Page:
French power tariff U-turn wipes $9.5bn off EDF’s value

Updated 19 June 2014

French power tariff U-turn wipes $9.5bn off EDF’s value

PARIS: State-controlled French utility EDF lost nearly 7 billion euros ($9.5 billion) of its stock market value on Thursday as the Socialist government scrapped a planned increase in electricity prices in order to protect consumers.
Energy Minister Segolene Royal told a morning TV show she had canceled the 5 percent rise in regulated tariffs, set to take effect on Aug. 1, which had been decided by the previous government of Jean-Marc Ayrault.
Royal, a powerful Socialist politician who lost a presidential election to conservative Nicolas Sarkozy in 2007, was appointed energy minister in the new government of Prime Minister Manuel Valls in early April and immediately began talking about lowering energy costs.
The tariff review is part of a Europe-wide trend to cap energy prices as governments try to protect consumer spending in the face of stubbornly high unemployment.
French President Francois Hollande is struggling at record lows in opinion polls and his Socialist party took a drubbing in recent European and municipal elections.
Royal, Hollande's former partner and mother of his four children, had already scrapped a planned tax on truck traffic.
Earlier this week she presented a new energy law that aims to boost France's use of renewables but did little to implement Hollande's promise to reduce its reliance on nuclear energy.
"A 5 percent tariff increase had been set for Aug. 1. The bills will not increase," Royal told BFM television, adding that new tariffs for Jan. 1 would be announced in October.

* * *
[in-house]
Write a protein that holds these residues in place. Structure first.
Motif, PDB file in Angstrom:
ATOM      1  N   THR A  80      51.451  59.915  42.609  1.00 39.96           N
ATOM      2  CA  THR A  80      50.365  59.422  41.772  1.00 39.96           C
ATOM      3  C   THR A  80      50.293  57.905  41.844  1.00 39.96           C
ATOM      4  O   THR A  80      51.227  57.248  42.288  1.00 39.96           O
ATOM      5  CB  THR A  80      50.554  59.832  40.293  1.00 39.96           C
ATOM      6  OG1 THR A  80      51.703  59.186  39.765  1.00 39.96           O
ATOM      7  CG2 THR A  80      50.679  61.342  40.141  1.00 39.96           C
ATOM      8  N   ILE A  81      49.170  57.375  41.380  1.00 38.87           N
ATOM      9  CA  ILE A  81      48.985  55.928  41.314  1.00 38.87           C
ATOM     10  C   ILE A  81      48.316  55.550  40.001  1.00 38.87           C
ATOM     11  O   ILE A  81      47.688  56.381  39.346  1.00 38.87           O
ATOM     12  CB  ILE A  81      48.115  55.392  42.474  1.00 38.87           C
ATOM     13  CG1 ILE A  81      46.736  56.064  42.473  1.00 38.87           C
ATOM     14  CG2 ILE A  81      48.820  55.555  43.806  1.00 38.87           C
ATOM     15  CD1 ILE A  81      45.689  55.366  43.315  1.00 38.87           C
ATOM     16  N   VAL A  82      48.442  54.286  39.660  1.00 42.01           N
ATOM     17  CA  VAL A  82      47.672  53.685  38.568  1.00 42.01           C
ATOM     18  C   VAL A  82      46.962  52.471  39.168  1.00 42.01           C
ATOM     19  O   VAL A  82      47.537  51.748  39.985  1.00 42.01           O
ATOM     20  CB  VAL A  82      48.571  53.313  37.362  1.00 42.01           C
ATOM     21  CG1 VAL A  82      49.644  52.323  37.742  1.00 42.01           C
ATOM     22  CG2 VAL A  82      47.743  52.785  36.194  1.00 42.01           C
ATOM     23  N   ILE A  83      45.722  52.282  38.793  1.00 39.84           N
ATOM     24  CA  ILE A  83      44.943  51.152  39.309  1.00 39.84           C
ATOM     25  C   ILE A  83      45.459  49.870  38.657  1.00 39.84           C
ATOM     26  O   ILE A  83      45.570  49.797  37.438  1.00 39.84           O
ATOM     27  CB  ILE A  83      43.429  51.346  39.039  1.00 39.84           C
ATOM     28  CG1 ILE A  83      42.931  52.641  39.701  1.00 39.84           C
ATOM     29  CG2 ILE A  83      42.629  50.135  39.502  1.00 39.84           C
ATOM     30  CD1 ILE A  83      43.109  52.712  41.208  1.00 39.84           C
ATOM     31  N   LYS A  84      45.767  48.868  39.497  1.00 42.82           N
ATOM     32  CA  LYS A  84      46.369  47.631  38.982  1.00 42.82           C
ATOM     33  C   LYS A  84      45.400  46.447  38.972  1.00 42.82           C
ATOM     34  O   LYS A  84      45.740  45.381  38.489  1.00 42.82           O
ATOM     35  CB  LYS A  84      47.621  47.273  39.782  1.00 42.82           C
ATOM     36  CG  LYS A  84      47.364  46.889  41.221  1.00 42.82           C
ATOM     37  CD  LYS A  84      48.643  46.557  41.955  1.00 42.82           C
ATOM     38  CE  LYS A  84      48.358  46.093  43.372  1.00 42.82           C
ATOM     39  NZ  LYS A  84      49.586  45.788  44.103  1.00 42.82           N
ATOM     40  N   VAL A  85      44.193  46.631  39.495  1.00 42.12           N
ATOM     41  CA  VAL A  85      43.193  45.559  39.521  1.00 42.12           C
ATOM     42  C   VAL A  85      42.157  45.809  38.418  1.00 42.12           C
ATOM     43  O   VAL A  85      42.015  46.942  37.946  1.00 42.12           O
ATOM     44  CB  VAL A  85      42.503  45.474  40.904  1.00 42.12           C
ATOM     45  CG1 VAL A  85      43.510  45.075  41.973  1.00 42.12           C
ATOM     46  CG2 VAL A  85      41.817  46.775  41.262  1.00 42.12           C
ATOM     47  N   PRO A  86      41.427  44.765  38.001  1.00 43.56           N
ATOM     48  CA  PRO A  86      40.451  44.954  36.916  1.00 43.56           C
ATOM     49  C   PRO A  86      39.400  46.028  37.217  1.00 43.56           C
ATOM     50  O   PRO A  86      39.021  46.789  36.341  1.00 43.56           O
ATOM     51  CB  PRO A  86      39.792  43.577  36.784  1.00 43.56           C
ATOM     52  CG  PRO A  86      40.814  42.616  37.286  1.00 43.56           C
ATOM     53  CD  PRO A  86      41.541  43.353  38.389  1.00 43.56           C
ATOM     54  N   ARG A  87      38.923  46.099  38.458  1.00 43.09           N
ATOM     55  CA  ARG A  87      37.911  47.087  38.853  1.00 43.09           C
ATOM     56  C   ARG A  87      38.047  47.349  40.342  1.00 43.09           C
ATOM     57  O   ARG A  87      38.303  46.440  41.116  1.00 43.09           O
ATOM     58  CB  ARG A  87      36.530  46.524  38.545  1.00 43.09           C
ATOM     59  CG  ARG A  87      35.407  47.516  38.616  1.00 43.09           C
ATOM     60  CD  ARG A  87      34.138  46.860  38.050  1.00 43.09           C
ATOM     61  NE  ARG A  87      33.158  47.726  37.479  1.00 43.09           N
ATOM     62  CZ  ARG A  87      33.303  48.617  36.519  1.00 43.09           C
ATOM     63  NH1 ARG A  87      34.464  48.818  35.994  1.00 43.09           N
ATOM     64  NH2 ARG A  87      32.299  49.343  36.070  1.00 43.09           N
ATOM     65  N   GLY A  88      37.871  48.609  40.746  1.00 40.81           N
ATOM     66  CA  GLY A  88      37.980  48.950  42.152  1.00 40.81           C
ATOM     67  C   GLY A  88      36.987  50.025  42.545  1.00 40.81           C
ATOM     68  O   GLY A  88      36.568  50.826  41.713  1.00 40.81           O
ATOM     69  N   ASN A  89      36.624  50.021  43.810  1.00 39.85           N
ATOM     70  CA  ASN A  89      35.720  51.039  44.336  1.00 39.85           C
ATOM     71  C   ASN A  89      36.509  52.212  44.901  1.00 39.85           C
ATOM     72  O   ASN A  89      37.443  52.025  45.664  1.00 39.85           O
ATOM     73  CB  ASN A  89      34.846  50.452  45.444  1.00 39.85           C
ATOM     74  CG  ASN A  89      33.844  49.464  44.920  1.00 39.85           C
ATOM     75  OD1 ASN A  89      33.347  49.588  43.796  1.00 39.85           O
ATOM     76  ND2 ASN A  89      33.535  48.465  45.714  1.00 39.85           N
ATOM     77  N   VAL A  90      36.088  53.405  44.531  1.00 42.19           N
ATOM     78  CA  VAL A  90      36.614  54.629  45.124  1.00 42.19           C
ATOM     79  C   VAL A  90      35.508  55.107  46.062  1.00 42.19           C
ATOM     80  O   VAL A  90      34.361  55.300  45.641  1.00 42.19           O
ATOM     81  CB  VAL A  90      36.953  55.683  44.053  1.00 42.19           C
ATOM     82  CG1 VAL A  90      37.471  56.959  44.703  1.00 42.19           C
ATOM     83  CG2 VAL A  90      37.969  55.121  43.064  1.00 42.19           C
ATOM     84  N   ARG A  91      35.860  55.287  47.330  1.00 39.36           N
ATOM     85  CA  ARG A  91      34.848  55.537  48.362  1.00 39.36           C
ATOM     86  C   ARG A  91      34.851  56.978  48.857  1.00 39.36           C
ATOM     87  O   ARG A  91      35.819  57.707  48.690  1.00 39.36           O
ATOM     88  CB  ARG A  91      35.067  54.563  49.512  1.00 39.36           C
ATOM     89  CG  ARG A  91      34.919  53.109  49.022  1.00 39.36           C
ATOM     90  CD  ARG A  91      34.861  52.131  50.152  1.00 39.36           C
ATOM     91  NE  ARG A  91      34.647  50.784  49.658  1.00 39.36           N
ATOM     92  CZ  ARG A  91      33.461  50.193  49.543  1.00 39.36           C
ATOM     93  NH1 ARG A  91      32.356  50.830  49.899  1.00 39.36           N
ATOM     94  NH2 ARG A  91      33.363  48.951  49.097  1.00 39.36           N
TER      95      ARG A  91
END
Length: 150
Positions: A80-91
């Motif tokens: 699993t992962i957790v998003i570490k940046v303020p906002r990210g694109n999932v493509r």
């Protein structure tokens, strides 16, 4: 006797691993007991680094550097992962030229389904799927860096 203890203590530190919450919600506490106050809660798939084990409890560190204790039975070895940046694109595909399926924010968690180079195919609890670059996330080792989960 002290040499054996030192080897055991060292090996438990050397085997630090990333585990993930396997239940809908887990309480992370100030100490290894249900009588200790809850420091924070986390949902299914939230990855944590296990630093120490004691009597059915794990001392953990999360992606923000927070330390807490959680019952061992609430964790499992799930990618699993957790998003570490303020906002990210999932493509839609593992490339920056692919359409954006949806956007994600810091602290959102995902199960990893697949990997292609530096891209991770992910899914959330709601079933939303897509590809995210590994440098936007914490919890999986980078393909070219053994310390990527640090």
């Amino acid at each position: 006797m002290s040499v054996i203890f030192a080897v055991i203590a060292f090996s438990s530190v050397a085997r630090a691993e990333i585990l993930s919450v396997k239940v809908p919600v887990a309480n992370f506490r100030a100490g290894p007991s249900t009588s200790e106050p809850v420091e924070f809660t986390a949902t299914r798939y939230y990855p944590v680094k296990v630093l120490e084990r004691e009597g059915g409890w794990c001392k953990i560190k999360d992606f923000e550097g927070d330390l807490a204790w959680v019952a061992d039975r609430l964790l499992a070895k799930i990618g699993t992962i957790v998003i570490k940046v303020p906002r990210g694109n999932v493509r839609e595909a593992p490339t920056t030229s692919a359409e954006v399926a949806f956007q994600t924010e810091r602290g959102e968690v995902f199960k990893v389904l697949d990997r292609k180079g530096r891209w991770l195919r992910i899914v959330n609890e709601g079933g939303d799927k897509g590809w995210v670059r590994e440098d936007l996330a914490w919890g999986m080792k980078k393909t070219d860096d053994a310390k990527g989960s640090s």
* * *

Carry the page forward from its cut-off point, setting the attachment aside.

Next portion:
"I will make the calculation with energy regulator CRE, an independent authority, which will work out the increase, or maybe a fall, based on the reform I have put in place," she added.
Shares of EDF, which is 85 percent state-owned, fell as much as 11 percent in their biggest slide since their 2005 stock market listing.
They later recovered slightly on market rumors there might be a tariff increase in October after all, but by 1303 GMT were still down 9.5 percent.
At the energy ministry nobody was available for comment.
"The market is edgy because these comments are considered as inconsistent with communication to date and undermine the confidence in the regulatory visibility on EDF, which should be entitled to cover its costs," Societe Generale analyst Vincent Ayral said.
EDF shares are highly sensitive to tariff moves.
They had jumped as much as 10 percent on July 9, 2013, when the Ayrault government announced a 5 percent increase of electricity tariffs for the summer of 2013 and a second increase for the summer of 2014, in a bid to help EDF meet its power production costs.
Those tariffs hikes were the biggest in at least a decade and EDF shares doubled between March 2013 and March 2014 as the market anticipated their impact on EDF's profits. The shares had been on a downtrend since early April this year and were down 7 percent over the past three months based on Wednesday's close.
French consumers association UFC-Que Choisir welcomed Royal's decision to scrap the planned hike but urged her to come up with a new legal framework to set power prices and prevent legal challenges.
Smaller competitors of EDF and gas utility GDF Suez have successfully challenged government price caps on energy in court, arguing they created artificially low prices that did not cover utilities' production costs and prevented smaller competitors from winning market share from the big two.